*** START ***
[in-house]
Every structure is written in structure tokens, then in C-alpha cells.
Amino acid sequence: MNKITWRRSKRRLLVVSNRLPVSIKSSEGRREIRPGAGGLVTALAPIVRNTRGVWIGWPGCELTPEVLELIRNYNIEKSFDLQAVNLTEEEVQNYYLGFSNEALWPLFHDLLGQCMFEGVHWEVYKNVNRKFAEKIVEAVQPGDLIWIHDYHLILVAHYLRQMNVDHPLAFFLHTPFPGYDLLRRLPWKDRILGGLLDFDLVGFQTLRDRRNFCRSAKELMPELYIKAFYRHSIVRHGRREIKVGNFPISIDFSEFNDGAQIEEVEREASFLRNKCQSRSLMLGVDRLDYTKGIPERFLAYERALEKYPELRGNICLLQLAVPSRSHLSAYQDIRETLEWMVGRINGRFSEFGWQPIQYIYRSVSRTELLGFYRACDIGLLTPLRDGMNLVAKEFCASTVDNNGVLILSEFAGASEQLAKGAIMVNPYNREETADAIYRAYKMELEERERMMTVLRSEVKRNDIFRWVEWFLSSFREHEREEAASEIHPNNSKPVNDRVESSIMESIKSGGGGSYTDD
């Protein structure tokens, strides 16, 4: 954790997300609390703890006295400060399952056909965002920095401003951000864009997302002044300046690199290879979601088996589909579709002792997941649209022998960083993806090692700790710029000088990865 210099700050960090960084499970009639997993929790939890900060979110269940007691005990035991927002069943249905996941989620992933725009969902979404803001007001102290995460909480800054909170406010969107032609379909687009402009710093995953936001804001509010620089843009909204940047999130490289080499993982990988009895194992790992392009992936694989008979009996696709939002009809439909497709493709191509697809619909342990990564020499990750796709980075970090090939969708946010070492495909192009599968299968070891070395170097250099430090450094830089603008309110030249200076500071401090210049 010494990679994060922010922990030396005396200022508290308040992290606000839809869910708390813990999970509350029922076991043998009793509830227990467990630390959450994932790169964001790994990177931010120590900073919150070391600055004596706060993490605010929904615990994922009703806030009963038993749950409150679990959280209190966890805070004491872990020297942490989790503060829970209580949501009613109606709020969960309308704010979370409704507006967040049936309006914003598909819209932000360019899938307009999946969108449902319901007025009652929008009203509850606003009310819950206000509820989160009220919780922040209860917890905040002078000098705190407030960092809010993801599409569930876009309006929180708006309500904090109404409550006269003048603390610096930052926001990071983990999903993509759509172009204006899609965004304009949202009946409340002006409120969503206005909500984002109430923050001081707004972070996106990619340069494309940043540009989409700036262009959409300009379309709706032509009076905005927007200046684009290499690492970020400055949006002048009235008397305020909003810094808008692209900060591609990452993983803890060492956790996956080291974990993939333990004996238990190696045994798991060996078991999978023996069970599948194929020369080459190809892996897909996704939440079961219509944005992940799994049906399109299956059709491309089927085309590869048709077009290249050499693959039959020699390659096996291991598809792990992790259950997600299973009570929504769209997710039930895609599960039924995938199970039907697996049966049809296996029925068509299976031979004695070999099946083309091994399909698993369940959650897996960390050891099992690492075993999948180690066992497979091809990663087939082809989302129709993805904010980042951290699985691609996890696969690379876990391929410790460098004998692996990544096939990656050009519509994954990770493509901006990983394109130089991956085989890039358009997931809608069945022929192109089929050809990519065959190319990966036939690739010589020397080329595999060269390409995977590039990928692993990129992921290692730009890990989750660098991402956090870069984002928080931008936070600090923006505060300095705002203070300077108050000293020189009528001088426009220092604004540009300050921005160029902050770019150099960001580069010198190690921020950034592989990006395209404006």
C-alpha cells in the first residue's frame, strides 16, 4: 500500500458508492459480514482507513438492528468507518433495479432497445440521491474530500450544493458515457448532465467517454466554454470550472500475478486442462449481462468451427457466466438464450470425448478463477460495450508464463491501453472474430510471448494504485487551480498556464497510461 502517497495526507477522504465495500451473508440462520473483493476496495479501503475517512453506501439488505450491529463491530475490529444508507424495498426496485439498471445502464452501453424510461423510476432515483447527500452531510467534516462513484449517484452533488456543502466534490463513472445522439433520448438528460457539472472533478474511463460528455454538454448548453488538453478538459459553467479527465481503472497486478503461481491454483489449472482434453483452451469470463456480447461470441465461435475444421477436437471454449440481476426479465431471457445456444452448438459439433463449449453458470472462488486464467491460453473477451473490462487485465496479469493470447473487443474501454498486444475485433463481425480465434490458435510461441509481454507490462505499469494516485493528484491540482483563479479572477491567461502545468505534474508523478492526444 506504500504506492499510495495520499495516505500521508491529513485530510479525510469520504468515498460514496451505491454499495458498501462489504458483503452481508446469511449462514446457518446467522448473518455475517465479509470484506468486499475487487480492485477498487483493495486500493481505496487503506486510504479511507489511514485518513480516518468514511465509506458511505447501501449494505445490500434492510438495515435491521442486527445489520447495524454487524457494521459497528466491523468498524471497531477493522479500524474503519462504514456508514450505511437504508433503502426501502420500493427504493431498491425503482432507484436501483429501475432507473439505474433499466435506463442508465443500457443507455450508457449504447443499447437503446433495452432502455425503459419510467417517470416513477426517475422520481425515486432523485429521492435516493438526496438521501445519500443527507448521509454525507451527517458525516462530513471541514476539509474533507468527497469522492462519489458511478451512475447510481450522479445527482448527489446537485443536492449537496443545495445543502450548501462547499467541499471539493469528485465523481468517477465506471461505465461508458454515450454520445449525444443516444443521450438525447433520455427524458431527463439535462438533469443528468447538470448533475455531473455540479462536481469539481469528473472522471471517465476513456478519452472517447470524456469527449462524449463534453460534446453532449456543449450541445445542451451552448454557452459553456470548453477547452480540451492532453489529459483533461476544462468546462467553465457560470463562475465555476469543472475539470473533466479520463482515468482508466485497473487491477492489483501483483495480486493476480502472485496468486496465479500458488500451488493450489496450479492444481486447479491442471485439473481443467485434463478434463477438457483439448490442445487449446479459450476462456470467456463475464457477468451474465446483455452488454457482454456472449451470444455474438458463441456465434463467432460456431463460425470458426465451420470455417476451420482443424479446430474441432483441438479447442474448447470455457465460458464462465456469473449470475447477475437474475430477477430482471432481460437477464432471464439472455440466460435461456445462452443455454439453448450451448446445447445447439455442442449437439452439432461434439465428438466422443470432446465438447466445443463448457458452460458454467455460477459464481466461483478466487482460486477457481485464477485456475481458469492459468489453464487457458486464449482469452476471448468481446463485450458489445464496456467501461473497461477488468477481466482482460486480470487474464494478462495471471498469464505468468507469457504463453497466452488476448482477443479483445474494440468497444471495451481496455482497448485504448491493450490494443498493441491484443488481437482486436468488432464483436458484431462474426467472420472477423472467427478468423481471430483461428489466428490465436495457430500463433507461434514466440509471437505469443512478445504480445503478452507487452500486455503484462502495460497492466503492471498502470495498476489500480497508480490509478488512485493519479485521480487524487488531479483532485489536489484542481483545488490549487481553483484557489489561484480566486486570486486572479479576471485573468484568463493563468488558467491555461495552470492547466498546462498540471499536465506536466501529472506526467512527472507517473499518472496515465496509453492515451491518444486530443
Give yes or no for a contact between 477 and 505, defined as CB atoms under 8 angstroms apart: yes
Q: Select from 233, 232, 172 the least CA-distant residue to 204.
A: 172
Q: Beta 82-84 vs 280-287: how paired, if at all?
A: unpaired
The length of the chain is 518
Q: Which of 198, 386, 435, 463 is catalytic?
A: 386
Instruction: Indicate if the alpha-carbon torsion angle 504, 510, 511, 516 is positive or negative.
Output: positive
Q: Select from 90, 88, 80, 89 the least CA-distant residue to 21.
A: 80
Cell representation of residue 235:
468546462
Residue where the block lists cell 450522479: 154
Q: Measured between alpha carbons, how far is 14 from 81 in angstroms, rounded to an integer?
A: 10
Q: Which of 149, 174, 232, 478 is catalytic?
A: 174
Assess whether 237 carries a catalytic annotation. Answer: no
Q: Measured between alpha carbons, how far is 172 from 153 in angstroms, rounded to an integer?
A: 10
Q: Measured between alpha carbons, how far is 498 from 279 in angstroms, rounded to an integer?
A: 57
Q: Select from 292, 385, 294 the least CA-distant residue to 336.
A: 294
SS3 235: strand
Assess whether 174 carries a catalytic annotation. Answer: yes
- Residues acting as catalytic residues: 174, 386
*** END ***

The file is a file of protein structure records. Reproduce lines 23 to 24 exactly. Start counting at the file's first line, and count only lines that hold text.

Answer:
Q: Which of 149, 174, 232, 478 is catalytic?
A: 174